Local legends are riding off into the sunrise
By KATHY KORENGEL
LAKE STEVENS — After more than 20 years of training horses, a decade of training top-placing competitors, and a world championship of their own, Mark and Nikki DeForest are hanging up their spurs.
The Lake Stevens couple, which until days ago ran DeForest Quarter Horses, have loaded up their saddlebags and their 9-year-old daughter and headed to Eastern Washington, partly for family health reasons and partly for what Nikki calls "a slower pace of life."
And, although locals note how good the couple is at what they do, what they say they’ll miss most is the DeForests’ "kinder, gentler" way of training.
"We’re heartbroken," said Amy Kjellesvik of Arlington, who’s trained with Mark for more than a year.
Kjellesvik said it’s been three weeks since clients found out about the couple’s retirement.
"We’re not crying any more," she added, although tears welled in her eyes occasionally as she spoke about their departure.
Mark, 38, wearing a baseball cap and with a wide, easy grin, hardly fit the rugged image of a horseman as he stood outside a horse ring at the Evergreen State Fairgrounds in Monroe on Tuesday.
And if it weren’t for a recurring bout with a mysterious illness, eventually diagnosed as chronic fatigue syndrome, he’d probably be working up to 80 hours a week, six or seven days a week, indefinitely, he said.
It was that kind of determination that Mark said helped him get through his mother-in-law’s battle with cancer eight years ago and his brother’s cancer treatments five years ago.
"You go hard and keep going," Mark said.
His brother, who also is a horse trainer, is in remission from his cancer. But his mother-in-law’s cancer returned recently and was the reason Nikki traveled to Winthrop in north-central Washington recently, where her mother lives and where the DeForests are moving.
When Mark started getting sick again several months ago, that was the final incentive for the couple to retire, a decision they had been contemplating for two years, since Mark’s first sickness, said Nikki, 40.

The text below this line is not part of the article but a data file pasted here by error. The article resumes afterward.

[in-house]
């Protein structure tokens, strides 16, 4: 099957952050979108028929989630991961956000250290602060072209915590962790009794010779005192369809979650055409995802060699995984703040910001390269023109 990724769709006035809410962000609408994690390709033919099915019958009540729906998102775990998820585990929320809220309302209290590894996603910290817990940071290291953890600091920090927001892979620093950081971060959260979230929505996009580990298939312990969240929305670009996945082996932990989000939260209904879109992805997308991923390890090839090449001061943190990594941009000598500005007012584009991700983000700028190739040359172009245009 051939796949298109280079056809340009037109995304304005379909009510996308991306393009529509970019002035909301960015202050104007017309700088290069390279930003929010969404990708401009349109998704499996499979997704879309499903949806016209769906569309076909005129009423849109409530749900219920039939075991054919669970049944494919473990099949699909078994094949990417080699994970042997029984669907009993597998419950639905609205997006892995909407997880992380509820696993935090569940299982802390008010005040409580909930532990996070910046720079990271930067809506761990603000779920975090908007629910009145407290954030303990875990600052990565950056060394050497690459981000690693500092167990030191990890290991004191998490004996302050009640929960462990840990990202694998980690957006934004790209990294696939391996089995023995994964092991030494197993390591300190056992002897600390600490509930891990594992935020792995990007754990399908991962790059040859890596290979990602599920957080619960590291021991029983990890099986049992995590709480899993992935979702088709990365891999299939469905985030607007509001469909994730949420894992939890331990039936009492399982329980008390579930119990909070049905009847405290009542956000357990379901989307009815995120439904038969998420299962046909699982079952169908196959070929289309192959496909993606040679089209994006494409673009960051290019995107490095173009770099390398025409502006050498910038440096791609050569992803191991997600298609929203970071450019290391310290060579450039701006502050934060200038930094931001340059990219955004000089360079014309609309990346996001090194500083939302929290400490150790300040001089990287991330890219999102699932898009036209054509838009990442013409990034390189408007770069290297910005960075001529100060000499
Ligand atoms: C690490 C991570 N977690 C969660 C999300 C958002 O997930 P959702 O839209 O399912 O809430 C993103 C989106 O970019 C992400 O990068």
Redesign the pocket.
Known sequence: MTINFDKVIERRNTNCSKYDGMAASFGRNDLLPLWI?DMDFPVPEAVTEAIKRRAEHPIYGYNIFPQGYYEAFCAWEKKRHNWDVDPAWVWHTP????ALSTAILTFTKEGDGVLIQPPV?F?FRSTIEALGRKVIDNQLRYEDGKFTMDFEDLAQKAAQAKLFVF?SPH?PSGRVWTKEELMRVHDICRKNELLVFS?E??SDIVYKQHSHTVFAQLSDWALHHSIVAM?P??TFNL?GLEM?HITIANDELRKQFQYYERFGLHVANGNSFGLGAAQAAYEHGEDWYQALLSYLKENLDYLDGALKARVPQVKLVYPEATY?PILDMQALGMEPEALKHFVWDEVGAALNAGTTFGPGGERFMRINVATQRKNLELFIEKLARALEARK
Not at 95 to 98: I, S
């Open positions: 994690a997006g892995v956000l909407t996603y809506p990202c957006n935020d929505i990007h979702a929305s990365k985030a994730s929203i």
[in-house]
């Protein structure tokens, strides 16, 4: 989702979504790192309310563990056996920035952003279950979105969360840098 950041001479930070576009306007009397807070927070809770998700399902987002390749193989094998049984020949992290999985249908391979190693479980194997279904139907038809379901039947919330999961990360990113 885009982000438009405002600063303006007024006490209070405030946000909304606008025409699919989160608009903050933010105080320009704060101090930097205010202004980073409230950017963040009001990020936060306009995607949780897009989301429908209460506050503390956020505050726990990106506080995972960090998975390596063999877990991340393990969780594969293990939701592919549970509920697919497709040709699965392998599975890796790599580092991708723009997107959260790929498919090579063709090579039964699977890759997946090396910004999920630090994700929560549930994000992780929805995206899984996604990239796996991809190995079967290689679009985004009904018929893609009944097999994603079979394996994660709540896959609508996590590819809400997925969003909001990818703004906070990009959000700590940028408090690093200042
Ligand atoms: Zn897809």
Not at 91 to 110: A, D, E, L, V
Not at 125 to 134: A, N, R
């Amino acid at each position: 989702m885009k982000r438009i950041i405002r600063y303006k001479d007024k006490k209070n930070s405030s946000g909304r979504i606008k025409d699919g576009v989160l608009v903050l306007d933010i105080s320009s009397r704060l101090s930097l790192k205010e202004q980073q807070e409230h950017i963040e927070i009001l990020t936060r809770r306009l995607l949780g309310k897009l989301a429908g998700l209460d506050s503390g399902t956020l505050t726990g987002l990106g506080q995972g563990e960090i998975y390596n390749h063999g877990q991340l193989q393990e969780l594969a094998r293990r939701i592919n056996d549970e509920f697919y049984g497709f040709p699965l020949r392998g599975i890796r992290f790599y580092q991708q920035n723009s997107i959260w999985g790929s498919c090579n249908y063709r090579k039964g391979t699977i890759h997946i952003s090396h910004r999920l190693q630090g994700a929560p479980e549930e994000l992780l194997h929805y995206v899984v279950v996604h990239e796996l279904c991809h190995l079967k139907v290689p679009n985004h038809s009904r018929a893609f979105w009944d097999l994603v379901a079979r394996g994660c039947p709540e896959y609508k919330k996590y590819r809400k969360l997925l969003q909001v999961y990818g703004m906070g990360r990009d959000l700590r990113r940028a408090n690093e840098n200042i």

"I thought, ‘Boom. We’re out of here,’ " Nikki said. "I’m not losing my husband over this," she said, saying that she partly credits his long working hours for his sickness.
The couple say their daughter, Kyla, was a big part of the decision. Nikki, too, worked long hours, she said, and had to fly around the country to horse shows, often not seeing Kyla for months at a time.
"We’re going to raise our daughter instead of being on the road eight months a year," Nikki said.
Kjellesvik said the are DeForests are special.
"He’s (Mark’s) like Prozac to the horses," Kjellesvik said. "He’s patient, and he gets them to listen and learn."
Tony Puzio of Snohomish, who’s trained with Mark since March, said Mark has a knack for training difficult horses.
Puzio recalled how Mark helped with his horse, which had refused to come into the door of an indoor arena.
"He taught him it’s OK to come in and nothing bad’s going to happen. Even if it takes him two hours to get a horse to understand, he’ll stick with it," Puzio said.
Roger Wigen, who has shoed the DeForests’ horses for four years, praised Mark’s ability to bring out the best in people and horses.
"Someone may not have the best horse, maybe they can’t afford the best horse, but Mark always has something positive to say, something positive for them to work toward," Wigen said.
The couple is not retiring entirely. Both have found jobs at the Sun Mountain Lodge. They also will keep a few horses of their own and board a few for clients near their new home.
Their presence will be missed here, said Gina Wigen, Roger’s wife.
"It’s hard to find a good trainer you feel comfortable with and have a good rapport with. You put a lot of trust in them.
"This is like losing a friend, a best friend, someone you trust," she said.